A new academic paper has just been published in Information Communication & Society (iCS) that’s really fascinating…
Neighborhoods in the Network Society: The e-Neighbors Study
Keith N Hampton, Annenberg School for Communication, University of Pennsylvania
Professor Hampton has worked in the “e-neighborhood” arena for the past several years and some of his research is available on his website.
This new paper presents findings from a study that provided neighborhood-level online social networking opportunities for four Boston-area neighborhoods… one apartment complex, one gated condo development, and two suburban neighborhoods. Each was provided a neighborhood email list, and a neighborhood website with a bevy of bells and whistles.
The short of it (and I’m condensing and skimming, so likely missing some key points!):
The suburban neighborhoods made better use of the offer, then the condo development, and the apartments were dead last.
The email list became popular in the active neighborhoods and grew from year one to year two of the study, while the web tools got almost no traction
Different issues got different play… “Studies of community email lists have consistently found that their use is primarily for information seeking and household aid, but they are occasionally used to express opinions and discuss politics, civic duties, and collective action (Hampton, 2003, Mesch and Levanon, 2003).”
Neighborhood organizer types love this kind of tool… “Neighborhoods that already have an interest in building community, with the neighborhood context to back it up, are most likely to profit from a neighborhood email list.”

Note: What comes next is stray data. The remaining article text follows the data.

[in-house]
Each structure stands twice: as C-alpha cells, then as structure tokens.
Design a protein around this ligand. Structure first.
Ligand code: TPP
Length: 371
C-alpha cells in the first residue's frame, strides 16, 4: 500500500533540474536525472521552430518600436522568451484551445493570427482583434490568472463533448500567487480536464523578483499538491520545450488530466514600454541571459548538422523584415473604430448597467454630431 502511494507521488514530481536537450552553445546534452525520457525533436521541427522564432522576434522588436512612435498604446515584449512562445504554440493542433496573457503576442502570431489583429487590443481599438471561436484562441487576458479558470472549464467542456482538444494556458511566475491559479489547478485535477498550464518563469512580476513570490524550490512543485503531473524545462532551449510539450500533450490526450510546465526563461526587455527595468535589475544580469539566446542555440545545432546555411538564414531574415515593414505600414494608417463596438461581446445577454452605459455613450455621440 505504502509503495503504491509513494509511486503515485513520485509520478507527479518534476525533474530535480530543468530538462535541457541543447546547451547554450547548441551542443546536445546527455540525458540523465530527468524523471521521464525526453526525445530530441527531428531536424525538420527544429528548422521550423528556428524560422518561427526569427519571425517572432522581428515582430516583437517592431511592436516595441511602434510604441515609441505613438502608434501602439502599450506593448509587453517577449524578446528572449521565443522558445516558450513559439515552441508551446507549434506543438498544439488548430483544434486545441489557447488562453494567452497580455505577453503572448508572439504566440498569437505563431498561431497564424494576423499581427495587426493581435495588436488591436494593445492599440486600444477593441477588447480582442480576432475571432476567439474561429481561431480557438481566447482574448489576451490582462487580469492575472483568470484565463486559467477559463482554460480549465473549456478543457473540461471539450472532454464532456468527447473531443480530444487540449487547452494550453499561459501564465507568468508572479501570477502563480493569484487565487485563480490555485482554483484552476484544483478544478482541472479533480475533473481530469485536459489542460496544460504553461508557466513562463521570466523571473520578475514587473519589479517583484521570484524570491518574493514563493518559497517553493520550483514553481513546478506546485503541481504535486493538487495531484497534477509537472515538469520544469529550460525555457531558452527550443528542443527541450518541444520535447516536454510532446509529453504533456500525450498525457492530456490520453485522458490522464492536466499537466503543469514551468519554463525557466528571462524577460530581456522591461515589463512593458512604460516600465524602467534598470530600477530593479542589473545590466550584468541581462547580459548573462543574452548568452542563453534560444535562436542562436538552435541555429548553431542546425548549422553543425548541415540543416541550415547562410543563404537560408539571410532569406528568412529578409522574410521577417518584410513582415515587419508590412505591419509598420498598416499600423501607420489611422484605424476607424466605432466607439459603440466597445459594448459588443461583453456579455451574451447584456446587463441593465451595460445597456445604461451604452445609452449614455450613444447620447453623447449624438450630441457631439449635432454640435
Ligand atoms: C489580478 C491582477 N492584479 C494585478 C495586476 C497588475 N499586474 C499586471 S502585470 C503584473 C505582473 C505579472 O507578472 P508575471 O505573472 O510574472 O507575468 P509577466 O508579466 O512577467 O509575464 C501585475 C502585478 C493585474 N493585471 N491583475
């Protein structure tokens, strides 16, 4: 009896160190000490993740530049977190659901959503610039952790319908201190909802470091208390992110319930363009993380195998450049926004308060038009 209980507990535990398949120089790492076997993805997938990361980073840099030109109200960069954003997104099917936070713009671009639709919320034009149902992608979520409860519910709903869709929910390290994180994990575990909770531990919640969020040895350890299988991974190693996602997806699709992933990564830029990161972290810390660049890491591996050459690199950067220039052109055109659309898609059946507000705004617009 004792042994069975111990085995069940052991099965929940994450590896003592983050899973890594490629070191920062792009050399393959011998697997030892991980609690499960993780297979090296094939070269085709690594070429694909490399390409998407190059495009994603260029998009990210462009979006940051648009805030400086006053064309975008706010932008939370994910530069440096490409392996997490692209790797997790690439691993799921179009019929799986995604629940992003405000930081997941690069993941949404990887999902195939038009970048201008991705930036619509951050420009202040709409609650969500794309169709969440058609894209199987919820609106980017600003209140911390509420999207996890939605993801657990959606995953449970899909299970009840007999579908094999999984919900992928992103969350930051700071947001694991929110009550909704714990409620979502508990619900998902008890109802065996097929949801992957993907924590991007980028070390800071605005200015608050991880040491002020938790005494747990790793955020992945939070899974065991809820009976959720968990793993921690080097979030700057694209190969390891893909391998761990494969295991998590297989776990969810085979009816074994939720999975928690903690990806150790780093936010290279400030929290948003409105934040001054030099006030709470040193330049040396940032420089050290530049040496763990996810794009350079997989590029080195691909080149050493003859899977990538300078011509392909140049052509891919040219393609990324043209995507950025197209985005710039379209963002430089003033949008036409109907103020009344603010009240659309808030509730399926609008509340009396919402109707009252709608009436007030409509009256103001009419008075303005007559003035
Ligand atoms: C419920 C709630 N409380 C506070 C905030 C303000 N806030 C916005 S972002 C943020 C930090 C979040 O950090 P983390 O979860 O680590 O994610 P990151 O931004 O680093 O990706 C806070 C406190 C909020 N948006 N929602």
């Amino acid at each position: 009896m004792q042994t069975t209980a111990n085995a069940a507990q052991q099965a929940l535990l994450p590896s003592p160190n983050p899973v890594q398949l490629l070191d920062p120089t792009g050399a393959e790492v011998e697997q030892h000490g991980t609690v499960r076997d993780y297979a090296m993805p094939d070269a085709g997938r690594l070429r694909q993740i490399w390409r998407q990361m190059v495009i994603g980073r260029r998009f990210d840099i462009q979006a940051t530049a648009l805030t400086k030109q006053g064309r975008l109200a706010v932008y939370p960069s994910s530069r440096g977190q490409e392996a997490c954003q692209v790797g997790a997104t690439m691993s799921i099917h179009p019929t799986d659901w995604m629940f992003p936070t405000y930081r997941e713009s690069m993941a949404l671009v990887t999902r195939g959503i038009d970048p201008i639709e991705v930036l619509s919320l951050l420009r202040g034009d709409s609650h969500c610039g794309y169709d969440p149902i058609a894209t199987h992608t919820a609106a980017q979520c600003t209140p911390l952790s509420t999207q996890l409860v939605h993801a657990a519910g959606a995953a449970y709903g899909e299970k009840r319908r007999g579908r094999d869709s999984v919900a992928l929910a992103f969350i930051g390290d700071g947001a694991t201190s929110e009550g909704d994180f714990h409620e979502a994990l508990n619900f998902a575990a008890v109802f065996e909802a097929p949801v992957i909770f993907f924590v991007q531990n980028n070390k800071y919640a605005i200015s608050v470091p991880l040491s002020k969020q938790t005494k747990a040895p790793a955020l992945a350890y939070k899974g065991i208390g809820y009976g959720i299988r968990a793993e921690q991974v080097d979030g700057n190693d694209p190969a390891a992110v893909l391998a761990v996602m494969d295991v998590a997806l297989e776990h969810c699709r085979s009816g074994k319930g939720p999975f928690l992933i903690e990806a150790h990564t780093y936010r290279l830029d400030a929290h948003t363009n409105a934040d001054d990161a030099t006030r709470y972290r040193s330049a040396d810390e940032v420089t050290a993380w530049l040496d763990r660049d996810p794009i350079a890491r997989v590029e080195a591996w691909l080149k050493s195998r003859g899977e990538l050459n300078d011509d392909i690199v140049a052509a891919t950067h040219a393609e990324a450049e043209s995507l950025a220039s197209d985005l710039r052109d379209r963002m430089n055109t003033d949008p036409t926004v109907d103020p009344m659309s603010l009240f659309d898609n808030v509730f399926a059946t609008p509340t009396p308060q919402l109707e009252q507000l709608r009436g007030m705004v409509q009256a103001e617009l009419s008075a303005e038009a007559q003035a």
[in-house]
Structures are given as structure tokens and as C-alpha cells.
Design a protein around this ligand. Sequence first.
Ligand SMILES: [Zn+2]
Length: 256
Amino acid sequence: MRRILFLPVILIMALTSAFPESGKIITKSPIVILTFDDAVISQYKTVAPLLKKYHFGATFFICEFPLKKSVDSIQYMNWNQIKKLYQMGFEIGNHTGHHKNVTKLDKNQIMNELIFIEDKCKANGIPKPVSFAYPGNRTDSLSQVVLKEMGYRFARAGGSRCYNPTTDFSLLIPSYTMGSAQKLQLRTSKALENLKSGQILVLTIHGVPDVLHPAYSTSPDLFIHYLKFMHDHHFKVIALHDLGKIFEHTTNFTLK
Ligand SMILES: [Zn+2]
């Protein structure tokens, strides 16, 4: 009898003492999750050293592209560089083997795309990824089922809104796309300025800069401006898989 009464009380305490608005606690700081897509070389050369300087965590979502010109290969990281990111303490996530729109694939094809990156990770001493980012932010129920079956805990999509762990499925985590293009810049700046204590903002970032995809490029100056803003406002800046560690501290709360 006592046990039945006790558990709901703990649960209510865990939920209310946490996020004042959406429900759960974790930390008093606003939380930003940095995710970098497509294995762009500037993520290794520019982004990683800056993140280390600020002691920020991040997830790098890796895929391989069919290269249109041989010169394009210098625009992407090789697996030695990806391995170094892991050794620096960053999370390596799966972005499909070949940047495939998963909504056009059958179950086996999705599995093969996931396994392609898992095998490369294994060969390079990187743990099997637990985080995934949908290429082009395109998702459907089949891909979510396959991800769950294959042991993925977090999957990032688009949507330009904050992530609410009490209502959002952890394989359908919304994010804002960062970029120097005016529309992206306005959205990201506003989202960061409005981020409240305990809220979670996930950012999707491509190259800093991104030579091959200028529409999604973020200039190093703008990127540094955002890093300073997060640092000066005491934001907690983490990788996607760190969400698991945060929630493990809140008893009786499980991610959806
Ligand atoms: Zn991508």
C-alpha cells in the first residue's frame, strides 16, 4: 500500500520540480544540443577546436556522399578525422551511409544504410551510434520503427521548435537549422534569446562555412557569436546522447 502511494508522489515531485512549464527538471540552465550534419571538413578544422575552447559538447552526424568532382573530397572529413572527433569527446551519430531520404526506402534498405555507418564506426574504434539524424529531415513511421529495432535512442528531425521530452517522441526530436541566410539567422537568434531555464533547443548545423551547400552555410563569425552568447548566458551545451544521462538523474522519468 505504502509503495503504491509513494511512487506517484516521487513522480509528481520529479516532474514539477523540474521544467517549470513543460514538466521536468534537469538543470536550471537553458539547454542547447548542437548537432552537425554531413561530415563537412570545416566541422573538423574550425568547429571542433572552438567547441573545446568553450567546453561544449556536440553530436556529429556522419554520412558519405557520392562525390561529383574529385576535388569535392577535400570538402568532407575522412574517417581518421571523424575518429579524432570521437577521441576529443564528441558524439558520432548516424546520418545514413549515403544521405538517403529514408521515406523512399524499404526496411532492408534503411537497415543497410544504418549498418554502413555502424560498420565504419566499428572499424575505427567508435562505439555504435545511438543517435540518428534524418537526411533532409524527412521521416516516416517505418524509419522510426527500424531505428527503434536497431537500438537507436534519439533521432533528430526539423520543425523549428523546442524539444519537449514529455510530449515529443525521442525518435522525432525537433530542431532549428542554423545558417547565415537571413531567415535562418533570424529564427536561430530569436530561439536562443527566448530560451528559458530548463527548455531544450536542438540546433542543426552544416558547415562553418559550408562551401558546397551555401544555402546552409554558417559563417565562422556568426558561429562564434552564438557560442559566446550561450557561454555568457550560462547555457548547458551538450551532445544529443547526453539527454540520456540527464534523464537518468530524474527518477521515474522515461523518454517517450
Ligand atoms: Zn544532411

New neighbors and others outside of the inside crowd more readily jump onto this more democratic grapevine… “Within neighborhoods, those who have smaller networks on average, and consequently are the most likely to have a deficit of power and access to information, are the most likely to participate.”
While non-posting lurkers get the information, they don’t get the social boost… “the benefits of an email list are only available to those who actively participate, by sending messages to the neighborhood list. Lurkers experience no change in their network size as a result of observing.”
Active participants see their neighborhood social network grow.
Folks left out of neighborhood social networks due to poverty and other issues will be even worse off if they aren’t able to participate online; they need support… “For those of lower socioeconomic status, residential mobility is a reduced option as they undergo changes in life-cycle and family status, and when mobility does occur, it is less likely to provide access to a neighborhood context that supports the formation of local social ties –with or without the advent of new media. Unless traditional community networking initiatives, those that provide a neighborhood email list, a technology infrastructure, and training, continue and expand the work they have done in less privileged neighborhoods, the “social network gap” between rich and poor, inner city and suburb, will continue to grow.”
Overall, much of what I read jibes with our experience running Front Porch Forum in our pilot area since fall 2006, and our flagship neighborhood forum since 2000. It’s great to get some confirmation from a respected researcher. Also, lots of details and insights that may guide FPF’s development. Thank you Professor Hampton and colleagues!